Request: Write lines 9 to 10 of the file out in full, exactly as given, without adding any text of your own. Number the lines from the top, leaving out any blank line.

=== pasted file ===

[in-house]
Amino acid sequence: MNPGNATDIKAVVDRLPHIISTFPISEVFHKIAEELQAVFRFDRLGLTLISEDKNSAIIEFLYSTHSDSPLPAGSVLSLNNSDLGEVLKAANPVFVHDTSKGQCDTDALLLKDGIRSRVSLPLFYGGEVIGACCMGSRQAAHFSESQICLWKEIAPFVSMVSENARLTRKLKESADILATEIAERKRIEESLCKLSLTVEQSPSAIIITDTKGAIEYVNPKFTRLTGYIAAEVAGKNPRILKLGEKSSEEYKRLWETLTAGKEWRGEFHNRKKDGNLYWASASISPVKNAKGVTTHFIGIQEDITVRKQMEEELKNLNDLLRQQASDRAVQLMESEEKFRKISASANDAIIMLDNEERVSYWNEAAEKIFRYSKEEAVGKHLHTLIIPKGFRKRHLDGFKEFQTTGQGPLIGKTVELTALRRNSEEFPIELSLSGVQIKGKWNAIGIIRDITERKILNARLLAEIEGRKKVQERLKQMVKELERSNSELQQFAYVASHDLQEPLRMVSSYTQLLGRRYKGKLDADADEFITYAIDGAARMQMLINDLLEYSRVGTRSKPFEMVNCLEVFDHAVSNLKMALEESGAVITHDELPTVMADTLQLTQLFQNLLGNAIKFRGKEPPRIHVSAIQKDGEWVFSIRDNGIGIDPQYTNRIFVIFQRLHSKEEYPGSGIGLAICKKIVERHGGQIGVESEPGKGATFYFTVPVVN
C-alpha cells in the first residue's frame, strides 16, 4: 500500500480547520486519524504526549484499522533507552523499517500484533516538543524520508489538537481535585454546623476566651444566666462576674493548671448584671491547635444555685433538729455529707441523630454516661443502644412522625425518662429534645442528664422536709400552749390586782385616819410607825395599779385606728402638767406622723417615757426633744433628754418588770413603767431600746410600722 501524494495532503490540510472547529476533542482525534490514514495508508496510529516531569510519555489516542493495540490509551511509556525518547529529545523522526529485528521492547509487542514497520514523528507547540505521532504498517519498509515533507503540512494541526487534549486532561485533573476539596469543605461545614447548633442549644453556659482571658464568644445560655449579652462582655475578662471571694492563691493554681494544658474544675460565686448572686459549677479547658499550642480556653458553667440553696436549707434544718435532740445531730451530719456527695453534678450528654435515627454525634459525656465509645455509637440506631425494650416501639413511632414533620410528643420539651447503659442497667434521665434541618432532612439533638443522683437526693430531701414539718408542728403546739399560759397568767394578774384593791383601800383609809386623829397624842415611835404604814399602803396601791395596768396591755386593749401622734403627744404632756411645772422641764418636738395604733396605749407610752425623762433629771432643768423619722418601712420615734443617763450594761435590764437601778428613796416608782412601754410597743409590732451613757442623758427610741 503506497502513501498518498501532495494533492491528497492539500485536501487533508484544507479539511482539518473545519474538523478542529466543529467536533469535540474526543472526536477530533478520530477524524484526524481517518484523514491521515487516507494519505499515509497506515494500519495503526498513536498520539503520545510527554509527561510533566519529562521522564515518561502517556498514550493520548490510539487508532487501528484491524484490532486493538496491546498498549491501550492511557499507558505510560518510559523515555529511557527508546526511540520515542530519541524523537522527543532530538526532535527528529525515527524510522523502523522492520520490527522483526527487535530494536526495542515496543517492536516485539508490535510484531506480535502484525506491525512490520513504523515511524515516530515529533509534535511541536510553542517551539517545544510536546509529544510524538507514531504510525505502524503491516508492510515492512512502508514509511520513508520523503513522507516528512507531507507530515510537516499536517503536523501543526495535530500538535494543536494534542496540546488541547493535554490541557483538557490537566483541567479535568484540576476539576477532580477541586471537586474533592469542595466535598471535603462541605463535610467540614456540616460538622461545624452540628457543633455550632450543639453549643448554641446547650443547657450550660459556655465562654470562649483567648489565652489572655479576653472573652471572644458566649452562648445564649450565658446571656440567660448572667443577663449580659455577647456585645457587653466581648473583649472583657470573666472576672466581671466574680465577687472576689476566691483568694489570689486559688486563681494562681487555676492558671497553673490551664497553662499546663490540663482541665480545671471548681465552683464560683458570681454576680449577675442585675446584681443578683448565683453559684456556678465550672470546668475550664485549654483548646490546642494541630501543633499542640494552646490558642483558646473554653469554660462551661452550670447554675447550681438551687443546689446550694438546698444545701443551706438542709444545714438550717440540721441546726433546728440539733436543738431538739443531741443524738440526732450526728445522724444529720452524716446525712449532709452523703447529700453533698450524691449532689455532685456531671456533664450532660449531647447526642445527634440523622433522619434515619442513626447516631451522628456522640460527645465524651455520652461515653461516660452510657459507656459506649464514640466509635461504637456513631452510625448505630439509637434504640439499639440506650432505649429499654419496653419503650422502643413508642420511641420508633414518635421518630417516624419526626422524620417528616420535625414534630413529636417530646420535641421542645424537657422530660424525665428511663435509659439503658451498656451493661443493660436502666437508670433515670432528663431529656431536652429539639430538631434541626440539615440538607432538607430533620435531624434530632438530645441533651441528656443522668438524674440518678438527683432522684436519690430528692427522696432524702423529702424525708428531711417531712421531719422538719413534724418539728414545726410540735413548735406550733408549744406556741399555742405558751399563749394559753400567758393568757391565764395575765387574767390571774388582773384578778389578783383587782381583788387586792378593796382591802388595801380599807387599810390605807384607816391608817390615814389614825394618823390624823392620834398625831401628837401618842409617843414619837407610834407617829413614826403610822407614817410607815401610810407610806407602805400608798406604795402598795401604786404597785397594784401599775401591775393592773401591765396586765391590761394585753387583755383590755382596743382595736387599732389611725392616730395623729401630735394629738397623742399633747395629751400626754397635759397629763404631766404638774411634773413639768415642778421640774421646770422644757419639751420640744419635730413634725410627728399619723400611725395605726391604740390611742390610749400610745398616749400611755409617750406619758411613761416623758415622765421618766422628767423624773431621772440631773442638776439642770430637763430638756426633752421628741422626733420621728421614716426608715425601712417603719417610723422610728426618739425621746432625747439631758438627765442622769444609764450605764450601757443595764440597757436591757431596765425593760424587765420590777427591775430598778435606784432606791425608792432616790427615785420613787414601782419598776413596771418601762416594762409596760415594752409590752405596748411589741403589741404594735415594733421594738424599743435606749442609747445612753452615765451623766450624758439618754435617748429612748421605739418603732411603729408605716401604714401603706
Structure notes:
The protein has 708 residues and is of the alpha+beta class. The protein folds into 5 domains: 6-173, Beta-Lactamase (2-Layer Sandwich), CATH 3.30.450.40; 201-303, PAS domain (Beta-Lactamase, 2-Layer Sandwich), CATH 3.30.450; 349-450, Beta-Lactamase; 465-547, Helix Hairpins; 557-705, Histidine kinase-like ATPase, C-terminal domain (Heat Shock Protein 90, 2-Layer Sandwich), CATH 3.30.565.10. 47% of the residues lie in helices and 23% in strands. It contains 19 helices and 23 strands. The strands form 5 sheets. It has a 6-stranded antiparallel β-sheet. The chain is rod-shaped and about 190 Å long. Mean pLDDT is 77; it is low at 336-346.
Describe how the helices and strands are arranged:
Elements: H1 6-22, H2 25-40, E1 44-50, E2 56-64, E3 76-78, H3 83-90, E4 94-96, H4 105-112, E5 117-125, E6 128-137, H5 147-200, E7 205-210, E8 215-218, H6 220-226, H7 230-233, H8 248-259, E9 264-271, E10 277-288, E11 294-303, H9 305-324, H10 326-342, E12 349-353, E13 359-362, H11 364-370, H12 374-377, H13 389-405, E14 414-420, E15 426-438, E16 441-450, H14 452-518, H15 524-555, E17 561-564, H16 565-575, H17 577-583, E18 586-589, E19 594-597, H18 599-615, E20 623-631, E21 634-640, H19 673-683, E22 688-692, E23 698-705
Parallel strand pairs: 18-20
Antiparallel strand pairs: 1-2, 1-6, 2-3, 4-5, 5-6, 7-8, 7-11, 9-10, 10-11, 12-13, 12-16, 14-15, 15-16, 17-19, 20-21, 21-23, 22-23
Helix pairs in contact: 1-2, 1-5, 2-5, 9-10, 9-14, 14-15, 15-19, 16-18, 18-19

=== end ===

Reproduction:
Antiparallel strand pairs: 1-2, 1-6, 2-3, 4-5, 5-6, 7-8, 7-11, 9-10, 10-11, 12-13, 12-16, 14-15, 15-16, 17-19, 20-21, 21-23, 22-23
Helix pairs in contact: 1-2, 1-5, 2-5, 9-10, 9-14, 14-15, 15-19, 16-18, 18-19